This open evaluation process and subsequent actions including extending the outreach phase demonstrates the project’s willingness to learn from experience and respond to new information quickly.

Data Analysis


Binders filled with responses to visionPDX questionnaire – over 21,000 pages of comments.

The surveys from the 2006 outreach phase were primarily collected by community groups and volunteers. The first challenge was to enter all 13,000 survey responses, plus additional notes from dozens of small group discussions, into an electronic format that could be coded and organized.

While some grant recipients were able to enter their own data, many others were overwhelmed at the task of not only collecting the data from their communities, but also typing in questionnaires with often long, detailed responses to the open-ended questions. visionPDX had expected the grant recipients to manage their own data entry, but it became clear that other arrangements would need to be made.

After looking for an affordable consultant and finding none, an innovative partnership was formed with a local Portland Job Corps site. PIVOT (Partners in Vocational Opportunities Training) proved to be a perfect match – visionPDX was able to get support in entering thousands of questionnaires, and PIVOT students gained typing experience, exposure to new ideas about their hometown, a visit from the Mayor and an opportunity to testify in front of City Council.

Once the surveys were all entered electronically, visionPDX partnered with Portland State University’s Survey Research Lab to organize the data from the surveys. The consultant team read all responses and coded them for content. This enabled the data to be easily organized into nine major topic areas: Economy, Education, Environment, Government, Public Health, Public Safety, Social Issues, Transportation and Urban Livability.

Once all of the data was coded and categorized, the Data Analysis Work Group (DAWG), a group of 35 volunteers, read, analyzed and summarized all of the community input. The project emphasized staying true to the data by ensuring that all perspectives voiced by the community were documented. At least two people read each and every comment, and the teams worked together to draw conclusions about what they had read.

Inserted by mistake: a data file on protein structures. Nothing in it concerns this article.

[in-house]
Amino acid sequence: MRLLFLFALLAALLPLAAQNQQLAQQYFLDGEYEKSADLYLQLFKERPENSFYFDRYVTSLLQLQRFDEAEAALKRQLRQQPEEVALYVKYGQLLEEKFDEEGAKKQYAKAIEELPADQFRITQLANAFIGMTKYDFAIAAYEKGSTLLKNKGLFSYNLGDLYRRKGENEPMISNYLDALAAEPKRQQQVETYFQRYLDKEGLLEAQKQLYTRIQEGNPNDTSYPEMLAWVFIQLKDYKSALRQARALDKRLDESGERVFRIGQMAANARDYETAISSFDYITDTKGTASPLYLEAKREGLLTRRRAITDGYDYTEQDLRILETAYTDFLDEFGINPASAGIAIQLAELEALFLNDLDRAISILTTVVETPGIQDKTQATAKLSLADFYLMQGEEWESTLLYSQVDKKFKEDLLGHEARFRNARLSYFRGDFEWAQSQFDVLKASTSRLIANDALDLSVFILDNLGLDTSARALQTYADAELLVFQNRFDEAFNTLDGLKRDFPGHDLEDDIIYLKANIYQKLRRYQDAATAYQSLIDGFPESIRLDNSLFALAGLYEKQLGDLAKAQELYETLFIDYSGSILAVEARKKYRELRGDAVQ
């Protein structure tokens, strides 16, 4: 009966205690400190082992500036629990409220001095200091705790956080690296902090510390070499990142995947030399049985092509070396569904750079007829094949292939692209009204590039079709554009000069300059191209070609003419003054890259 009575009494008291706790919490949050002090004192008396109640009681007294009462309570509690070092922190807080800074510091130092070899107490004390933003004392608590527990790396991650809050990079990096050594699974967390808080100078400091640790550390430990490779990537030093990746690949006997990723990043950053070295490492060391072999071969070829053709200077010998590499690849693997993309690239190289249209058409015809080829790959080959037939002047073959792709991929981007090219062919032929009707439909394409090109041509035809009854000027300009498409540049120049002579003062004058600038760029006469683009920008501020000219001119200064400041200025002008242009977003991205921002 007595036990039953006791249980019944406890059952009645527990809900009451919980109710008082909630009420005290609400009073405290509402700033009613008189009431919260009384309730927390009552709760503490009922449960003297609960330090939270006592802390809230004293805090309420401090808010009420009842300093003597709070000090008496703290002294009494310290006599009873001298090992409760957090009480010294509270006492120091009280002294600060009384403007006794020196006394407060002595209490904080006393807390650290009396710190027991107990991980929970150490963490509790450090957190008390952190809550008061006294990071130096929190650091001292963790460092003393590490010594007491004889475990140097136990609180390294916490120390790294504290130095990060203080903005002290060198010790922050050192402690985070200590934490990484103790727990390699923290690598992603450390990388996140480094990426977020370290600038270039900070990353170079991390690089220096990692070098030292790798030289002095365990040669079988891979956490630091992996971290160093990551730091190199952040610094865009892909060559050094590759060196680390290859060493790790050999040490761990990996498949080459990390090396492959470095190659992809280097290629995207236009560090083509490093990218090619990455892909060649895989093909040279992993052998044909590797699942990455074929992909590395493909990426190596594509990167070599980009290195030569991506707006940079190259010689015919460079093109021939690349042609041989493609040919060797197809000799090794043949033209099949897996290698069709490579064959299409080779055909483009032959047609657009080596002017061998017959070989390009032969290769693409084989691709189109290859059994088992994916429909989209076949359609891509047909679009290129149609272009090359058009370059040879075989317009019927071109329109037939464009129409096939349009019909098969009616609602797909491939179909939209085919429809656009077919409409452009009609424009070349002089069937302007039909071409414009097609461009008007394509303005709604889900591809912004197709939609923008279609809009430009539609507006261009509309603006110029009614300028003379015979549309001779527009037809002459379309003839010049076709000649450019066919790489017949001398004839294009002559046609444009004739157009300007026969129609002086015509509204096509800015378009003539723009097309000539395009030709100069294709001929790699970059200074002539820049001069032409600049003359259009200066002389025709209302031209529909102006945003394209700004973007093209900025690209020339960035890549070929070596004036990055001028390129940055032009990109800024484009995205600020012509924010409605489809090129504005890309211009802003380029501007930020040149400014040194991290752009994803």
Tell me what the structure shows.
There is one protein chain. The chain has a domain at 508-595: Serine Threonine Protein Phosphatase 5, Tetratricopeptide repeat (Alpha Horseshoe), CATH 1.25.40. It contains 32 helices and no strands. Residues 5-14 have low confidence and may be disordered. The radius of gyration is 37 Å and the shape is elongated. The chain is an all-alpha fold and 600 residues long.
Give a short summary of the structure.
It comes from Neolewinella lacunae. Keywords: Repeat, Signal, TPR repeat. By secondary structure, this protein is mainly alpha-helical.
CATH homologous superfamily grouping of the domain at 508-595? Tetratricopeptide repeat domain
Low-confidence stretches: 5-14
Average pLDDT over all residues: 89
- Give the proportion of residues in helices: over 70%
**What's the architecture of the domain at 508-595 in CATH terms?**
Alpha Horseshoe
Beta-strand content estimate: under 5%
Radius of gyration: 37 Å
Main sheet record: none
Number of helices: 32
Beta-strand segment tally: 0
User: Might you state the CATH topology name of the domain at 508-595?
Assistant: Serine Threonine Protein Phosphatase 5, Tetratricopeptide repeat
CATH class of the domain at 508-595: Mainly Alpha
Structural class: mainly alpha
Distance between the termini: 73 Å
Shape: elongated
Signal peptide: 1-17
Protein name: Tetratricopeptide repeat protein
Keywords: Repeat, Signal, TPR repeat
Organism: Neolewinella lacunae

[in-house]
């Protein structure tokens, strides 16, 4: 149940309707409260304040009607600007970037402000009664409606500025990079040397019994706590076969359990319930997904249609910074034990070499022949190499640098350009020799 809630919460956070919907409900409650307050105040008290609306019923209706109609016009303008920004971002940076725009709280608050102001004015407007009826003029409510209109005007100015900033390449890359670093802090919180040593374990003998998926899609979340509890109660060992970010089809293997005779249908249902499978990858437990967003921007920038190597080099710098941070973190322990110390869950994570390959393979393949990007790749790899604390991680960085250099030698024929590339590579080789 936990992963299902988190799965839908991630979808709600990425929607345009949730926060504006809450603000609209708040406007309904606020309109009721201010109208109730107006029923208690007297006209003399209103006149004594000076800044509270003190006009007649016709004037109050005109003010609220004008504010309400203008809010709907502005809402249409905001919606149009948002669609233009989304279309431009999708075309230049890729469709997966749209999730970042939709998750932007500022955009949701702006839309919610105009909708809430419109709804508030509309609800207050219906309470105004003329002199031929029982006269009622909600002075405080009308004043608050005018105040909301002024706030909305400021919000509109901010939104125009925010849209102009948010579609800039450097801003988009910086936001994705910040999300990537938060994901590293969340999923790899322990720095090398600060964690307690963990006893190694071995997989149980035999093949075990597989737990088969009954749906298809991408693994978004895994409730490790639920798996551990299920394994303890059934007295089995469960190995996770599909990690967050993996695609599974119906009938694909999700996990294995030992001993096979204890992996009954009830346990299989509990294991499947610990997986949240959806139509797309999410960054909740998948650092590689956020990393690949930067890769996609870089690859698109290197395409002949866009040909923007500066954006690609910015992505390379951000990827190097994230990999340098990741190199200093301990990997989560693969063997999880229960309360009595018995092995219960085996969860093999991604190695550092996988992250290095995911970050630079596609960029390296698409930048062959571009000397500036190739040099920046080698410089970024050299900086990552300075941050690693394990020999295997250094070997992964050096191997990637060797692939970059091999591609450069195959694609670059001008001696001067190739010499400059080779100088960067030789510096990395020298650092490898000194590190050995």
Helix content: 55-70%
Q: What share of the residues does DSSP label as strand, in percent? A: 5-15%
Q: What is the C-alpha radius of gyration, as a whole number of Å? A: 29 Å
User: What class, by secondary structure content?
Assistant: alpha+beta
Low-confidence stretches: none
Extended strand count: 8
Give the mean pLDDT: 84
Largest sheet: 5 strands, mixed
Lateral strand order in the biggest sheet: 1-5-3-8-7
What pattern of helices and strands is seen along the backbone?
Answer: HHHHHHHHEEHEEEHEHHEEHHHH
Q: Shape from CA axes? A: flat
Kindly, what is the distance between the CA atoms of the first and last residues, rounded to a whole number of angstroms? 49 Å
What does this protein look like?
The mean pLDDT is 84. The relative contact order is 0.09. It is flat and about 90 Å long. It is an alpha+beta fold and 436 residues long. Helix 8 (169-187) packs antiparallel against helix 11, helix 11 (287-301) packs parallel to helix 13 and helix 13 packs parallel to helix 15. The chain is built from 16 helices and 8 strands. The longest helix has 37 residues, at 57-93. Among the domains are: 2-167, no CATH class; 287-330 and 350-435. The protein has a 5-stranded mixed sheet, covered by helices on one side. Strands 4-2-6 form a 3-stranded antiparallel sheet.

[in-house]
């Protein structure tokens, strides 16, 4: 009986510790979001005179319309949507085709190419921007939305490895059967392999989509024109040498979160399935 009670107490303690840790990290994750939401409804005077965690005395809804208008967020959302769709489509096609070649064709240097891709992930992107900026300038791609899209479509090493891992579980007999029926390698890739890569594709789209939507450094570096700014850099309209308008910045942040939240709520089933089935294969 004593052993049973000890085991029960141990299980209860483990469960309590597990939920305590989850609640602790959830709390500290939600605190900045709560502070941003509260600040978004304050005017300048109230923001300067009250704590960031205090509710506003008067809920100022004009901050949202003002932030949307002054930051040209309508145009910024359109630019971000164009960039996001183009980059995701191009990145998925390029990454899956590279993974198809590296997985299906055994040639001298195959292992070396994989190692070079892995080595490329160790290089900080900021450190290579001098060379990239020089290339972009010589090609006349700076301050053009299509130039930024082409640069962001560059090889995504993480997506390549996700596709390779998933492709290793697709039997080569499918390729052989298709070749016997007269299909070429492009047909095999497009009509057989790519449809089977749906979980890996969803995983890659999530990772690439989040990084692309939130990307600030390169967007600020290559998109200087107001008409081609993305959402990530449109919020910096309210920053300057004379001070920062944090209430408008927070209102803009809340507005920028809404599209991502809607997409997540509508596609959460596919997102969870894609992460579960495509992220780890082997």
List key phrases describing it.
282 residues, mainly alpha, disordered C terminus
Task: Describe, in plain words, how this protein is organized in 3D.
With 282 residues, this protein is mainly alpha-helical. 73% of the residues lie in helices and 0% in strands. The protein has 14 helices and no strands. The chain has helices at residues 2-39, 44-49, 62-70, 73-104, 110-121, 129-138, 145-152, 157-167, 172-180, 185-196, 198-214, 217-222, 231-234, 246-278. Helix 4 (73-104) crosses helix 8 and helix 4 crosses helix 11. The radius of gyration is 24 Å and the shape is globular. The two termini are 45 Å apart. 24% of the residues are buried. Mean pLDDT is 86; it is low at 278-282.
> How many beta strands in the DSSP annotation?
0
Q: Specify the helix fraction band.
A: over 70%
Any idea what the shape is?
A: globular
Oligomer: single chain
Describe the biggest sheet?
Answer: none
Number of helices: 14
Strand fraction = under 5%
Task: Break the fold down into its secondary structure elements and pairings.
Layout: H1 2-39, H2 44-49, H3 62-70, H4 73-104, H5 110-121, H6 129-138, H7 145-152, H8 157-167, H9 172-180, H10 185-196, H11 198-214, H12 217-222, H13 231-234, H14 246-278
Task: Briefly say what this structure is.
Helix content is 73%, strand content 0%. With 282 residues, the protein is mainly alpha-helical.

Staff took the notes on main ideas, community values and tensions in the data and created a summary of all nine topic areas which was used in the next phase.

More information on this process can be found in the Community Input Summary (see sidebar page 45 and download from www.visionPDX.com).

Vision Creation

After the data was read and analyzed by the Data Analysis Work Group, another group of volunteers formed the Drafting Committee and wrote draft statements to reflect the summarized data.

The creation of these statements occurred through many hours of large and small group discussions and multiple written drafts. The evolving product went through extensive internal review and editing with the Vision Committee. Slowly, the model of the vision, values and five elements began to emerge.

Then, the draft statements were taken back to the community in a second outreach phase. See the visionPDX Engagement Report for more information on this check-in with the community.

 

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In a separate report, Voices from the Community, the visionPDX Input Summary, we share detailed analysis of the 21,000+ pages of comments from the community. A roughly 90-page summary is also available on the visionPDX website.

Included in the report:

Summaries of values and main ideas in nine topic areas

Detailed description of the data collection and analysis.



Top: A woman fills out a visionPDX questionnaire.

Bottom: Grant recipients and participants applaud at a grantee reunion event.


Top: City Repair volunteers perform a skit at Earth Day 2006 to entice people into thinking about Portland’s future.

Bottom: A performer at a Vecinos en Alerta fiesta helps create a celebratory mood for visioning.


Top: Young Korean Americans meet for a visionPDX social hour.

Bottom: Graphic facilitation at a World Café captures the conversation and ideas of The Arc members.


A member of the Arc of Multnomah-Clackamas demonstrates accessibility features at City Hall during a visionPDX event.

Vision into Action / 1900 SW 4th, Suite 7100 / Portland, Oregon 97204 / Phone: (503) 823-9585